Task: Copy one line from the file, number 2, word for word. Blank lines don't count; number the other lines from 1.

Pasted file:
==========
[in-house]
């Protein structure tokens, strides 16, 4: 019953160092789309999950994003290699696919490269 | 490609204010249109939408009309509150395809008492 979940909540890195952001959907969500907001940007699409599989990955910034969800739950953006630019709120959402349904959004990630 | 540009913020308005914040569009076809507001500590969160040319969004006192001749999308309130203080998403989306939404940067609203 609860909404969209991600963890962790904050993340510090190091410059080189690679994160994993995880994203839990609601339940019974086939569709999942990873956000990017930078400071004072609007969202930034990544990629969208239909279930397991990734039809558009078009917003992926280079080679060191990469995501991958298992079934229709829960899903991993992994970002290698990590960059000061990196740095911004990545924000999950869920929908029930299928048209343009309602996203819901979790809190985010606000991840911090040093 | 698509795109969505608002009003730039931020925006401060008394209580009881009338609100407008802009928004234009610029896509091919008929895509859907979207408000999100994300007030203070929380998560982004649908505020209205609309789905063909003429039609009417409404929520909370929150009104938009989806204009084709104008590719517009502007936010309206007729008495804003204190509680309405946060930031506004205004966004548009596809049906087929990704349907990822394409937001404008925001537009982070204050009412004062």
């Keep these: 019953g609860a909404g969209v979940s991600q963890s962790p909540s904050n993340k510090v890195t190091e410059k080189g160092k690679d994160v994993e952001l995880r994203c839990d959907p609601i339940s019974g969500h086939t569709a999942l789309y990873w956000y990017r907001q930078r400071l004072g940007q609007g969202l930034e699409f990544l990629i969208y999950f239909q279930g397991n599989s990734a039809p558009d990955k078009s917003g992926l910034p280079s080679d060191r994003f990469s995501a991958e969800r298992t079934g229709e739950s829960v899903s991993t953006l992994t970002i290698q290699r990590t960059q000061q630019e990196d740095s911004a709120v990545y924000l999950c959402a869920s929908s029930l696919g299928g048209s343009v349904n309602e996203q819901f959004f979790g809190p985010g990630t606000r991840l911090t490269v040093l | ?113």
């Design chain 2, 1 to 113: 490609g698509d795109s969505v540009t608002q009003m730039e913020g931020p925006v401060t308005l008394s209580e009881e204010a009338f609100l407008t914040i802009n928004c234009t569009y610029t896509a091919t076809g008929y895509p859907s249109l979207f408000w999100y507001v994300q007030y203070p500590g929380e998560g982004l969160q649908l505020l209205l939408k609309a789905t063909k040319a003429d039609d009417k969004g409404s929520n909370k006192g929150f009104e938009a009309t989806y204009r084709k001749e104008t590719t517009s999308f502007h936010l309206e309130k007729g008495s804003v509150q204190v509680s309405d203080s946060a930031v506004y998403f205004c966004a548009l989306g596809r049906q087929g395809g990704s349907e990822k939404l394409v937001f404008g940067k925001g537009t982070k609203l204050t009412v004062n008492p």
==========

């Protein structure tokens, strides 16, 4: 019953160092789309999950994003290699696919490269 | 490609204010249109939408009309509150395809008492 979940909540890195952001959907969500907001940007699409599989990955910034969800739950953006630019709120959402349904959004990630 | 540009913020308005914040569009076809507001500590969160040319969004006192001749999308309130203080998403989306939404940067609203 609860909404969209991600963890962790904050993340510090190091410059080189690679994160994993995880994203839990609601339940019974086939569709999942990873956000990017930078400071004072609007969202930034990544990629969208239909279930397991990734039809558009078009917003992926280079080679060191990469995501991958298992079934229709829960899903991993992994970002290698990590960059000061990196740095911004990545924000999950869920929908029930299928048209343009309602996203819901979790809190985010606000991840911090040093 | 698509795109969505608002009003730039931020925006401060008394209580009881009338609100407008802009928004234009610029896509091919008929895509859907979207408000999100994300007030203070929380998560982004649908505020209205609309789905063909003429039609009417409404929520909370929150009104938009989806204009084709104008590719517009502007936010309206007729008495804003204190509680309405946060930031506004205004966004548009596809049906087929990704349907990822394409937001404008925001537009982070204050009412004062």